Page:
5-axis stabilization system – The E-M5 has a sensor-based stabilization system, unlike some systems where the stabilization takes place in the lens. This means that any lens you use on the E-M5 – even old manual focus lenses – is stabilized, allowing you to potentially shoot using slower shutter speeds, avoiding blurry images or the need to bump up the ISO. On shorter focal lengths, the system works extremely well, consistently giving me a 3 or 4 stop advantage. As focal length increases, the system’s effectiveness decreases. However, it still does a fine job even with the Panasonic 100-300mm lens. Racked all the way out to 300mm – 600mm equivalent – I’m able to get consistently sharp results at 1/250 of a second, especially if I’m able to brace myself a bit against a tree of fence rail.
My comments regarding image quality pertain to RAW files. In a word, I consider image quality, both objectively and subjectively, to be excellent. In terms of noise and dynamic range, I’m not seeing any appreciable difference between the E-M5 and cameras with larger APS-C sensors. I don’t hesitate shooting at ISO 800, feel quite comfortable at 1600 when necessary, and will even push to ISO 2000 in a pinch, with very useable results in most situations. The E-M5’s ability to hold detail in both the shadow and highlight regions of a high contrast scene is impressive. Color is something of a subjective thing, but I prefer the colors I get out of the E-M5 to both the Sony NEX-5n and Nikon D7000, especially when it comes to photographing nature. Skin tones are another area where the E-M5 excels, producing the most natural and pleasing tones I’ve seen from the any of the digital cameras I’ve used. I continue to be impressed with the way the E-M5 renders highlights in an almost film-like manner. The switch to a Sony sensor, along with Olympus’ processing engine has finally made the m4/3 system a viable alternative to bigger, bulkier APS-C DSLRs. If you want better image quality, the only way to get it is to move up to a full frame camera. Most of the time, you won’t need better image quality than you’ll get from the E-M5.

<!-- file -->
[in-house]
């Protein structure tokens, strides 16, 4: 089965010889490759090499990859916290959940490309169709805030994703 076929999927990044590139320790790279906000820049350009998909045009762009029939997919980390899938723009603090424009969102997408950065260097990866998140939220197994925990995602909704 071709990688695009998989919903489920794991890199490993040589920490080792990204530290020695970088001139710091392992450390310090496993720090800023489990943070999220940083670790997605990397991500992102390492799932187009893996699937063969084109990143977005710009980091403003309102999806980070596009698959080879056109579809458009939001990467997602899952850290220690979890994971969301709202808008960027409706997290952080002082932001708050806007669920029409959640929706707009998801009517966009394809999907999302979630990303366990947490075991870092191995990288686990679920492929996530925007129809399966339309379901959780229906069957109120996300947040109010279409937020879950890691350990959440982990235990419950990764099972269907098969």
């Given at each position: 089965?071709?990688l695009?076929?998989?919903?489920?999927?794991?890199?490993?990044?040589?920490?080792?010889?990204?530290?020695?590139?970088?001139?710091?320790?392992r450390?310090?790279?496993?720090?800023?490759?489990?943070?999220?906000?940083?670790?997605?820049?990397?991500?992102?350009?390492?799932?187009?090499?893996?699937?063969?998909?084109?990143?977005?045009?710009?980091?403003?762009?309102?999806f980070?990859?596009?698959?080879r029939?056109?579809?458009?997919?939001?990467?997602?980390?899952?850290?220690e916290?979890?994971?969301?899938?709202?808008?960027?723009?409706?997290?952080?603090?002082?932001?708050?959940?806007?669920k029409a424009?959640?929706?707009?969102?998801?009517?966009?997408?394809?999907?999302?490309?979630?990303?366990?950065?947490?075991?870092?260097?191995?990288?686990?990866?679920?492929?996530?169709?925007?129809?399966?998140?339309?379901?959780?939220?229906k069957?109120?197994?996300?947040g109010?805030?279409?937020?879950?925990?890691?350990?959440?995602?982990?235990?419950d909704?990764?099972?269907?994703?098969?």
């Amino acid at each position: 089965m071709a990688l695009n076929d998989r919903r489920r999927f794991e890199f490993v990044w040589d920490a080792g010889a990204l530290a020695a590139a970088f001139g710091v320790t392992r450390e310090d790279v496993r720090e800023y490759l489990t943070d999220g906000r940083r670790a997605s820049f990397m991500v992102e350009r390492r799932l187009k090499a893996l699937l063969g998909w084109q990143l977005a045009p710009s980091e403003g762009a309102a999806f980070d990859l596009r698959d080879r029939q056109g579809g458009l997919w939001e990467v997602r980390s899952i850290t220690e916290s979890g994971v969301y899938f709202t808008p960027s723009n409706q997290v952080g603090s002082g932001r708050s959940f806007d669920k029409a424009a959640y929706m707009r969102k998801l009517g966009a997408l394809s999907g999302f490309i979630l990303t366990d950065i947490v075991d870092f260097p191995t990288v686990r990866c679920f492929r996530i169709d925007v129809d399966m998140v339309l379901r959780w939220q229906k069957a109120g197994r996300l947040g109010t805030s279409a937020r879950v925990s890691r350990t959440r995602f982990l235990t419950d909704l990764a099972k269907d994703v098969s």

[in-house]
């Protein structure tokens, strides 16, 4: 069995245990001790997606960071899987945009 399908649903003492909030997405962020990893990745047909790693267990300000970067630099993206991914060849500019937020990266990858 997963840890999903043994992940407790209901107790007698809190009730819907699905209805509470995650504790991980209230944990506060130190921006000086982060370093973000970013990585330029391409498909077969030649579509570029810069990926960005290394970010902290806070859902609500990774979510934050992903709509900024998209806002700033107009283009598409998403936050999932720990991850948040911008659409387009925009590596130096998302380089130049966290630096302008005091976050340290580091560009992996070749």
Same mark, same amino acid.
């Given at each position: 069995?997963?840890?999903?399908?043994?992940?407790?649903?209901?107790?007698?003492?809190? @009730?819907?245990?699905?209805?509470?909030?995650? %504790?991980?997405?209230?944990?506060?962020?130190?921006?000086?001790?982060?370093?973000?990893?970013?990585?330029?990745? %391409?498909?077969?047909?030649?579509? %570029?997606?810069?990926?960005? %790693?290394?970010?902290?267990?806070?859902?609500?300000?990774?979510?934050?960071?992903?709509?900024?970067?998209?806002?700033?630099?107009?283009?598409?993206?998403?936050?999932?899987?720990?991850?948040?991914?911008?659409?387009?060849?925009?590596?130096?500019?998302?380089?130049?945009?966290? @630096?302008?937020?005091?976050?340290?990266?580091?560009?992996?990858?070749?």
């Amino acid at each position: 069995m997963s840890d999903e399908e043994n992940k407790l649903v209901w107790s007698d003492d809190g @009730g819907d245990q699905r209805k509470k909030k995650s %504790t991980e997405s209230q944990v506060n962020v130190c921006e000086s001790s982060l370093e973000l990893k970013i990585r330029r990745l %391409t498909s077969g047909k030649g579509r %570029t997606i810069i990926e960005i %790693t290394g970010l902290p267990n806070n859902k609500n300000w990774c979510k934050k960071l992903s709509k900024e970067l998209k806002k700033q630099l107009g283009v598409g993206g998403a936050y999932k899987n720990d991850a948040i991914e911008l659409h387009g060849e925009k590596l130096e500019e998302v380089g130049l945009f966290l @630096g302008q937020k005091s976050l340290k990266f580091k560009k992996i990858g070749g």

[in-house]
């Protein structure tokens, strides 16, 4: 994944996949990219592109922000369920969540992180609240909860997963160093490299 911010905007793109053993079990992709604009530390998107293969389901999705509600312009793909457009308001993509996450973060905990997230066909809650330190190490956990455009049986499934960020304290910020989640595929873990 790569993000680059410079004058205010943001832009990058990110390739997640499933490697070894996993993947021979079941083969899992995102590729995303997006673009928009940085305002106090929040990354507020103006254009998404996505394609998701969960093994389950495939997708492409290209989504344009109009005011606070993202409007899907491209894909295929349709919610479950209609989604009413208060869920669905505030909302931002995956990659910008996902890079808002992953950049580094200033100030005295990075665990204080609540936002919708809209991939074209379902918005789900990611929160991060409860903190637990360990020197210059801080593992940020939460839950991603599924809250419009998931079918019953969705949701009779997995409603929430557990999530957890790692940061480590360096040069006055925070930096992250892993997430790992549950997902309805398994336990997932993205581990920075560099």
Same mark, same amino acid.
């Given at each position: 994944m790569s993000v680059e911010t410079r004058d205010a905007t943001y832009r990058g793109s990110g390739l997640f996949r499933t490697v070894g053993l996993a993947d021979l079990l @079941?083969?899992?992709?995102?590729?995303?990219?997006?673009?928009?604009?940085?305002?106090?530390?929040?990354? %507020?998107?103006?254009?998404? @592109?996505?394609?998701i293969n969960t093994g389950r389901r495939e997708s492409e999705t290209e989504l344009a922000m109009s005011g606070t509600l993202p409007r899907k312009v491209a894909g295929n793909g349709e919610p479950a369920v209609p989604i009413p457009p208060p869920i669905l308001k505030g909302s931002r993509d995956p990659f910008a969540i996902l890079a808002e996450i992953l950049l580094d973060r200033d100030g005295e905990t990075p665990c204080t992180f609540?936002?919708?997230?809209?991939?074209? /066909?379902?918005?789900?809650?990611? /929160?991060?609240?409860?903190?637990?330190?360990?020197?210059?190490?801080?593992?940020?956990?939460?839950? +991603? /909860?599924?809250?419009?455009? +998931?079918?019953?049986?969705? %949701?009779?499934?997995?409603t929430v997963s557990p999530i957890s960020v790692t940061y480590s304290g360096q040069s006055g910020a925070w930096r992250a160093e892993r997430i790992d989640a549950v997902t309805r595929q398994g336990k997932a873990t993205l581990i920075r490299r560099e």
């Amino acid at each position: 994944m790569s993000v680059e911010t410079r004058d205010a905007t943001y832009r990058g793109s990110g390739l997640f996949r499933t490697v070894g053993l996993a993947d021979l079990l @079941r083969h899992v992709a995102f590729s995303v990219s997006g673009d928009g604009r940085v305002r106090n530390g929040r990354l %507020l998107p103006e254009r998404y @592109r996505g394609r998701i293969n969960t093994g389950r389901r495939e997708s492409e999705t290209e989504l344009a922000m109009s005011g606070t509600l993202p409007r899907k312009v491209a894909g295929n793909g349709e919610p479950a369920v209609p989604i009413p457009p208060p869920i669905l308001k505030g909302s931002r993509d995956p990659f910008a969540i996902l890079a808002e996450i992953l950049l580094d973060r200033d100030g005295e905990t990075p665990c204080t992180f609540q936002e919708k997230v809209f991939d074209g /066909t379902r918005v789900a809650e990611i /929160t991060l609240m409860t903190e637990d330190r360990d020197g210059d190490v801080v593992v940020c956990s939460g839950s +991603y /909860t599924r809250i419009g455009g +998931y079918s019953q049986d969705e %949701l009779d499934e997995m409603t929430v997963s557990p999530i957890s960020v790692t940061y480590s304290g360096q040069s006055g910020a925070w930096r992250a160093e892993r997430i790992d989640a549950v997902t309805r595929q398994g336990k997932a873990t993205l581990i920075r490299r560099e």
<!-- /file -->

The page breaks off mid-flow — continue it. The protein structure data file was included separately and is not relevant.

To get the very best image quality from the E-M5, I would do two things. First, obviously shoot RAW. The jpegs from the E-M5 are very good, especially if you dial down the default sharpening and noise reduction a bit, but maximum quality is obtained from RAW files. The second thing I’d do is ignore the E-M5’s meter, and let the live histogram be my guide. By using a technique called ETTR (expose to the right), you can increase the quality of the images coming from the E-M5, or any RAW-capable camera for that matter. Basically, ETTR means rendering the image as brightly as possible without losing detail in the highlights. This can mean adding as much as two stops or more to the exposure via the exposure compensation dial. You want to push the histogram as far to the right as you can without it bunching up against the right side – when that happens, you’ve “blown” the highlights. What you’re attempting to do is maximize the signal to noise ratio. When you load an ETTR image into your editing software it’ll look too bright, but that’s okay. Simply use the software to adjust the levels to create a pleasing, low-noise image. With this technique the E-M5 is capable of producing exceptional images.
I won’t even try to kid you. I have no idea. As mentioned, I’ve not shot a second of video. I know some of you care about this though, so for what it’s worth, the E-M5 has apparently been used to shoot sequences in the new Mad Max film “Fury Road,” starring Tom Hardy. Hey, if it’s good enough for George Miller, it should be good enough for the rest of us.
One of the best things about the Olympus OM-D E-M5 is that it’s part of what’s becoming a true camera system, just like in the old days. As I write this, there are approximately 47 lenses available in the m4/3 mount, about twice as many as are available for the Sony and Samsung mirrorless systems. All of them are at least good, and many are outstanding. The systems from Fuji, Canon and Nikon aren’t even close in terms of available lenses. In fairness, Fuji is moving at a fairly rapid pace to fill out it’s lens lineup. Nonetheless, m4/3 is clearly well ahead of the other systems in this regard. Not only does m4/3 have lenses, they’ve got lens adapters, extension tubes, flashes, battery grips, etc, with many more lenses and accessories to come. Clearly Olympus and Panasonic are working hard to build a system that will allow a photographer to meet any photographic challenge presented to him. It’s this versatility, combined with the small size and light weight that in my view sets the m4/3 system apart from all other systems. It remains to be seen just how good the Panasonic GH3 is, but for right now, the Olympus OM-D E-M5 is king of the m4/3 hill, and a landmark camera for a system filled with great potential.